Craig Williams, co-chair of the Chemical Demilitarization Citizen’s Advisory Board, delivered that news to the panel Wednesday at its quarterly meeting. Chemical weapons at the both Kentucky and Colorado depots will be demilitarized by neutralization.
KEF Director Heather Warman, along with President of the Kentucky Coal Association Bill Bissett and Executive Director of the Kentucky Oil and Gas Association Andrew McNeill discuss the downturn in Eastern Kentucky coal mining, other challenges to the mining industry, and hopes to rejuvenate or replace this important element of the Commonwealth's economy.
EKPC TO CLOSE CLARK POWER PLANT April 11, 2014--East Kentucky Power Cooperative announced Friday it plans to deactivate its coal-fired Dale Station generating plant near Ford in Clark County over the next year.
The plant’s operation will cease by April 2015.
EKPC supplies power to Blue Grass Energy and Clark Energy cooperatives that serve mostly rural sections of Madison County. The plant is across the Kentucky River from Madison County.
LOUISVILLE RANKED 25TH IN EPA TOP CITIES WITH ENERGY STAR CERTIFIED BUILDING April 10, 2014--Mayor Greg Fischer announced today that Louisville was recognized for its sustainability efforts, being ranked 25th in the 2014 Top Cities list with the most ENERGY STAR certified buildings. Louisville is back on the U.S. Environmental Protection Agency list after having last been recognized in 2010.
“I challenged property owners and managers last year to certify at least 25 buildings and the city responded in a big way,” Fischer said. “The EPA ranking confirms Louisville’s commitment to providing building owners and managers with the technical guidance, best practices and training they need to make their buildings more energy efficient, save money and reduce carbon emissions.”
Cities are ranked based on how many buildings achieved ENERGY STAR certification in 2013. The 25 newly certified buildings include 11 Kroger facilities, seven JCPS buildings, four Rite Aid’s, two Target stores and one UPS office.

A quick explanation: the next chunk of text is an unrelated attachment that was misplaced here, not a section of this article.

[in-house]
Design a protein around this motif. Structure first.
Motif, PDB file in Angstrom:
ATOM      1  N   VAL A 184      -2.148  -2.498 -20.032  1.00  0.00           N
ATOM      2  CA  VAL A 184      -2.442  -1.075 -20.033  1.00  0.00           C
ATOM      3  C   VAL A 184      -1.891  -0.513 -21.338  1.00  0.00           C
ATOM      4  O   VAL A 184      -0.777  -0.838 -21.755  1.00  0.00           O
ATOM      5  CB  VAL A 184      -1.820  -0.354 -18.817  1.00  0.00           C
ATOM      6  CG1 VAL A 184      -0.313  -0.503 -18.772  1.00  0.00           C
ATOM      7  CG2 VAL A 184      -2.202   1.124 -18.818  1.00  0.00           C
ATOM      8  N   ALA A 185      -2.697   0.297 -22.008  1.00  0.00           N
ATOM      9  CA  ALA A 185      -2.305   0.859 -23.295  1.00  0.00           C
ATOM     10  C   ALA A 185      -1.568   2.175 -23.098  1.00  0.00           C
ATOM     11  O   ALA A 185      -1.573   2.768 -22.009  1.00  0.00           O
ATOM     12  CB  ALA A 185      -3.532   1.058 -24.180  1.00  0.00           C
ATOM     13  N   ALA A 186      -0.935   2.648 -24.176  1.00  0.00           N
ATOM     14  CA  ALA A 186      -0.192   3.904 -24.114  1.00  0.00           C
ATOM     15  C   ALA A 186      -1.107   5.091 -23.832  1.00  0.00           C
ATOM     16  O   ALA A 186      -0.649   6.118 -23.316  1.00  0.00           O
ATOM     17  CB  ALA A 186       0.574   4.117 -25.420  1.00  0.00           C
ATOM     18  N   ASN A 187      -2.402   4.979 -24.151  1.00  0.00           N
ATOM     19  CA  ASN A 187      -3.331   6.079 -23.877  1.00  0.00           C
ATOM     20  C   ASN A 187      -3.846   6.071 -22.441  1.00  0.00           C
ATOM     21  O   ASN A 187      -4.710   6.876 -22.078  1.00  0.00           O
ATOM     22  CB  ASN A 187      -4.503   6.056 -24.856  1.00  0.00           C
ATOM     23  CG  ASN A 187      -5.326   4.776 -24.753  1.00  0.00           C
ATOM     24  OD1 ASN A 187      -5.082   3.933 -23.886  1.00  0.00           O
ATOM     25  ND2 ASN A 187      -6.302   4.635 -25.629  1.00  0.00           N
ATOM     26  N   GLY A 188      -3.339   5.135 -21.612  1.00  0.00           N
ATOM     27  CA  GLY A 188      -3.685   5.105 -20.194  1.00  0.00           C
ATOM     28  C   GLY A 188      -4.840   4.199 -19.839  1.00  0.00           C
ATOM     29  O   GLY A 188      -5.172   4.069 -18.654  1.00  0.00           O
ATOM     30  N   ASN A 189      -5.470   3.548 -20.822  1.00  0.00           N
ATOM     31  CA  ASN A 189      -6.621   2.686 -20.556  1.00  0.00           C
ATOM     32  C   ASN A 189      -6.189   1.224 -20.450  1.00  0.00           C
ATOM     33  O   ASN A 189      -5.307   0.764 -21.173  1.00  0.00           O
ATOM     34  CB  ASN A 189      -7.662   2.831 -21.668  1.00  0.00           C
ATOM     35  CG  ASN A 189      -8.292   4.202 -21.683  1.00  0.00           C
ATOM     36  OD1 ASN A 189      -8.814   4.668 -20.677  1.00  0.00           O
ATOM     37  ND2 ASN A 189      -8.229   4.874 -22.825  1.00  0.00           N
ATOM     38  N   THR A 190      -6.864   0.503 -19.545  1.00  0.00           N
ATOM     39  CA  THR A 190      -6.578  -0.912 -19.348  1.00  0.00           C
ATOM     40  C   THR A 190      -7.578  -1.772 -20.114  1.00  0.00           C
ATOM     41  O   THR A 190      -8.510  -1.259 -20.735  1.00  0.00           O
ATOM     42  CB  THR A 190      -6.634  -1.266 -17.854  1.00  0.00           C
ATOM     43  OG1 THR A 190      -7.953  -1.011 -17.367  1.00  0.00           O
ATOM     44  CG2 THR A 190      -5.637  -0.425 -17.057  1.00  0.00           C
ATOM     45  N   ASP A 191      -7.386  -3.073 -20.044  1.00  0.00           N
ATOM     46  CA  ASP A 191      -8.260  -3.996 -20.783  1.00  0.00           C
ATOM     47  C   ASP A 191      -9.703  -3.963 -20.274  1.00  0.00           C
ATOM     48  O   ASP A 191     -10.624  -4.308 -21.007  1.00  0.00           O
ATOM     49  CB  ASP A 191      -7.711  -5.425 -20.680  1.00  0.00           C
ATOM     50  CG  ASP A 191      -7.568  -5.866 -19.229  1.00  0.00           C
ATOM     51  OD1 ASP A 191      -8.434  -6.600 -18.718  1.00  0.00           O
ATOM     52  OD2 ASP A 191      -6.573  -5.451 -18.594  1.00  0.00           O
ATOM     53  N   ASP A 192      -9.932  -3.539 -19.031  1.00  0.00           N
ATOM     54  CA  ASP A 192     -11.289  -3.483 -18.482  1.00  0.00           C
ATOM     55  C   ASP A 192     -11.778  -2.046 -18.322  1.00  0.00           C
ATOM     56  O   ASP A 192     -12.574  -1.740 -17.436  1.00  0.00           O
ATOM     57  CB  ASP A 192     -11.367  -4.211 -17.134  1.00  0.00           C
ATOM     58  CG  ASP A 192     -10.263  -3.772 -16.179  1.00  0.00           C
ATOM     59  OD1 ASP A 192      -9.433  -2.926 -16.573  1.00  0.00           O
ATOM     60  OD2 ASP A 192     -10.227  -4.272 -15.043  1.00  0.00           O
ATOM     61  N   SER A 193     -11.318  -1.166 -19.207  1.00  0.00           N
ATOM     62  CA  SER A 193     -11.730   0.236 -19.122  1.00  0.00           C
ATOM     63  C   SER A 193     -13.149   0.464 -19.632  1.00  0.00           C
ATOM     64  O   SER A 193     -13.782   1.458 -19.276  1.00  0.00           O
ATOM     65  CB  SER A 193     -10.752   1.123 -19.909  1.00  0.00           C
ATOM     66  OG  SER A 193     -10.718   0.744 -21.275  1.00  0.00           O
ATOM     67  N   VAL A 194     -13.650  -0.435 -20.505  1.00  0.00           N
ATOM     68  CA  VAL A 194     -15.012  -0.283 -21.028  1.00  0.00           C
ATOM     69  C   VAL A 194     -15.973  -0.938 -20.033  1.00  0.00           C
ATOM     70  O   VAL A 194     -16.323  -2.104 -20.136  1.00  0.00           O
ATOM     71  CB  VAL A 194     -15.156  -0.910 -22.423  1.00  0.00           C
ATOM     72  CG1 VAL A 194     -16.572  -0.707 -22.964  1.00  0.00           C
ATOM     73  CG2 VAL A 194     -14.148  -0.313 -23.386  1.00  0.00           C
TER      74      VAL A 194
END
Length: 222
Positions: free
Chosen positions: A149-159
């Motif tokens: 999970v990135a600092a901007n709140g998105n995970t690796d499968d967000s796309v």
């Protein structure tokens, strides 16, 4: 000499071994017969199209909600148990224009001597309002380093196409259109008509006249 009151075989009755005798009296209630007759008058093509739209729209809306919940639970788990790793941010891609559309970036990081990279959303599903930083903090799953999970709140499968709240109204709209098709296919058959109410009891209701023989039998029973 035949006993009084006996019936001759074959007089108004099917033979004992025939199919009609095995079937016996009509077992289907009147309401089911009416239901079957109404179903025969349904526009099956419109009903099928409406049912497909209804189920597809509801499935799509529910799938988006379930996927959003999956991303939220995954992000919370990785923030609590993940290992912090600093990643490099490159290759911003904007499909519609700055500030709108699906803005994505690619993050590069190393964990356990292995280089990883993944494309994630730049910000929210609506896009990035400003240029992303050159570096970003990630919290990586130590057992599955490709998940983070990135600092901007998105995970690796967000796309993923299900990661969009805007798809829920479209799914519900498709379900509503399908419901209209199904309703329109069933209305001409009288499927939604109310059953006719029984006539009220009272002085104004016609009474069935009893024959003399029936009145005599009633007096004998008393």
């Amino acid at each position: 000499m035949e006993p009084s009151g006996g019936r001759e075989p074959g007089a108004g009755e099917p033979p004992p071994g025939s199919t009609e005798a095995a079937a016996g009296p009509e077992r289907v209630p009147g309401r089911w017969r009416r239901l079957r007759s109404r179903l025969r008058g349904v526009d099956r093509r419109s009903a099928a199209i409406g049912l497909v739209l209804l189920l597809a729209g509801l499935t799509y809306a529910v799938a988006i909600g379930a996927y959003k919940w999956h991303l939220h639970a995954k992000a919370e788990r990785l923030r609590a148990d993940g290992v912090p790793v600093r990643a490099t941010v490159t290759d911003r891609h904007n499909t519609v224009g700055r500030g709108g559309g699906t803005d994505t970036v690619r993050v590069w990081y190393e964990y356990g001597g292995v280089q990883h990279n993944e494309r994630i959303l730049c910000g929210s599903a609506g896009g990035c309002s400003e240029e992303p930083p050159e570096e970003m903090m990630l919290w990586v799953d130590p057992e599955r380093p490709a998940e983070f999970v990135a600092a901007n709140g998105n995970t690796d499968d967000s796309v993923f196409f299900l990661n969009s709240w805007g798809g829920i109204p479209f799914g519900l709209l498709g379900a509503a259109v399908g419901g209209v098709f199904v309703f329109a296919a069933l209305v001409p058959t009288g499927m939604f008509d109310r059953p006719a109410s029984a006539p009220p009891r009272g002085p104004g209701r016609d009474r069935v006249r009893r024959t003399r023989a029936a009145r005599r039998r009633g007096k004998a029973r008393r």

LETTER ENCOURAGES OPEN DIALOGUE WITH COMMUNITIES ON SYRIA'S CHEMICAL WEAPONS DISPOSAL PLAN February 11, 2014--Craig Williams, director of KEF's Chemical Weapons Working Group, recently co-signed a letter to Secretary of State John Kerry and Secretary of Defense Chuck Hagel on the importance of transparency in the destruction of Syria's chemical weapons stockpile. A story on the letter and the subject can be viewed here; read the letter on KEF's blog.
KEF'S CRAIG WILLIAMS DISCUSSES SYRIAN CHEMICAL WEAPONS IN OP-ED January 28, 2014--In October 2013, Syria became the 190th country to agree to both declare and destroy their chemical weapons. Although this was good news for the international community, it unfortunately occurred after a half-dozen alleged uses of these chemicals, including in a deadly attack on Aug. 21, which left 1,400 people — many of them women and children — dead.
Upon joining the Chemical Weapons Convention, Syria ceded control of its chemical weapons stockpiles to the Organization for the Prohibition of Chemical Weapons, which recently was awarded the 2013 Nobel Peace Prize for its efforts to rid the planet of an entire class of weapons of mass destruction — the first such undertaking in history.
Now, after taking on that responsibility, huge challenges face the OPCW regarding how to dispose of Syria's stockpiles.